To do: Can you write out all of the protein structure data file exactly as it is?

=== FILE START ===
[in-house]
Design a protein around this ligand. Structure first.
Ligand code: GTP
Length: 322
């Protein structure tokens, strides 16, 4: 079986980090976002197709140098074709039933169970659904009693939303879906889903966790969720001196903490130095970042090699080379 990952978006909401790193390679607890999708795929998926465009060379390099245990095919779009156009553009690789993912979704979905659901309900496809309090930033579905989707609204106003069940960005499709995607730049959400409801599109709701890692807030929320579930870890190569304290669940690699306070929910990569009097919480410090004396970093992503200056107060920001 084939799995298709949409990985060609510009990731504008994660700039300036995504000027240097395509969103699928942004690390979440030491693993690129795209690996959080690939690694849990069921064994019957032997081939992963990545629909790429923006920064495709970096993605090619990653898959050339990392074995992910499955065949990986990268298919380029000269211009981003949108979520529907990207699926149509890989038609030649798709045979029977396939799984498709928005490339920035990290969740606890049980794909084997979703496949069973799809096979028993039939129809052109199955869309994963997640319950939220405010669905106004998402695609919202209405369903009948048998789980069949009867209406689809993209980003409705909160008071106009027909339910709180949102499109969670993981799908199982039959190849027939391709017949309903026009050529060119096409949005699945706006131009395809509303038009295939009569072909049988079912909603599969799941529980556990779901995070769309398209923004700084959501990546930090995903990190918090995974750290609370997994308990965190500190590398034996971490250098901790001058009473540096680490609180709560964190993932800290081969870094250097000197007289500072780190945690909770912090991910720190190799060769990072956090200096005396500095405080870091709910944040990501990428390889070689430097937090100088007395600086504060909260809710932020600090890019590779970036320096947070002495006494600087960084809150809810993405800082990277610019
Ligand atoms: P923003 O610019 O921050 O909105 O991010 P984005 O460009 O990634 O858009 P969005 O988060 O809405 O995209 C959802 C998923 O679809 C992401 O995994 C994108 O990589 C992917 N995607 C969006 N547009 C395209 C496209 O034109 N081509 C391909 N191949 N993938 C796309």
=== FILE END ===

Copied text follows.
[in-house]
Design a protein around this ligand. Structure first.
Ligand code: GTP
Length: 322
């Protein structure tokens, strides 16, 4: 079986980090976002197709140098074709039933169970659904009693939303879906889903966790969720001196903490130095970042090699080379 990952978006909401790193390679607890999708795929998926465009060379390099245990095919779009156009553009690789993912979704979905659901309900496809309090930033579905989707609204106003069940960005499709995607730049959400409801599109709701890692807030929320579930870890190569304290669940690699306070929910990569009097919480410090004396970093992503200056107060920001 084939799995298709949409990985060609510009990731504008994660700039300036995504000027240097395509969103699928942004690390979440030491693993690129795209690996959080690939690694849990069921064994019957032997081939992963990545629909790429923006920064495709970096993605090619990653898959050339990392074995992910499955065949990986990268298919380029000269211009981003949108979520529907990207699926149509890989038609030649798709045979029977396939799984498709928005490339920035990290969740606890049980794909084997979703496949069973799809096979028993039939129809052109199955869309994963997640319950939220405010669905106004998402695609919202209405369903009948048998789980069949009867209406689809993209980003409705909160008071106009027909339910709180949102499109969670993981799908199982039959190849027939391709017949309903026009050529060119096409949005699945706006131009395809509303038009295939009569072909049988079912909603599969799941529980556990779901995070769309398209923004700084959501990546930090995903990190918090995974750290609370997994308990965190500190590398034996971490250098901790001058009473540096680490609180709560964190993932800290081969870094250097000197007289500072780190945690909770912090991910720190190799060769990072956090200096005396500095405080870091709910944040990501990428390889070689430097937090100088007395600086504060909260809710932020600090890019590779970036320096947070002495006494600087960084809150809810993405800082990277610019
Ligand atoms: P923003 O610019 O921050 O909105 O991010 P984005 O460009 O990634 O858009 P969005 O988060 O809405 O995209 C959802 C998923 O679809 C992401 O995994 C994108 O990589 C992917 N995607 C969006 N547009 C395209 C496209 O034109 N081509 C391909 N191949 N993938 C796309």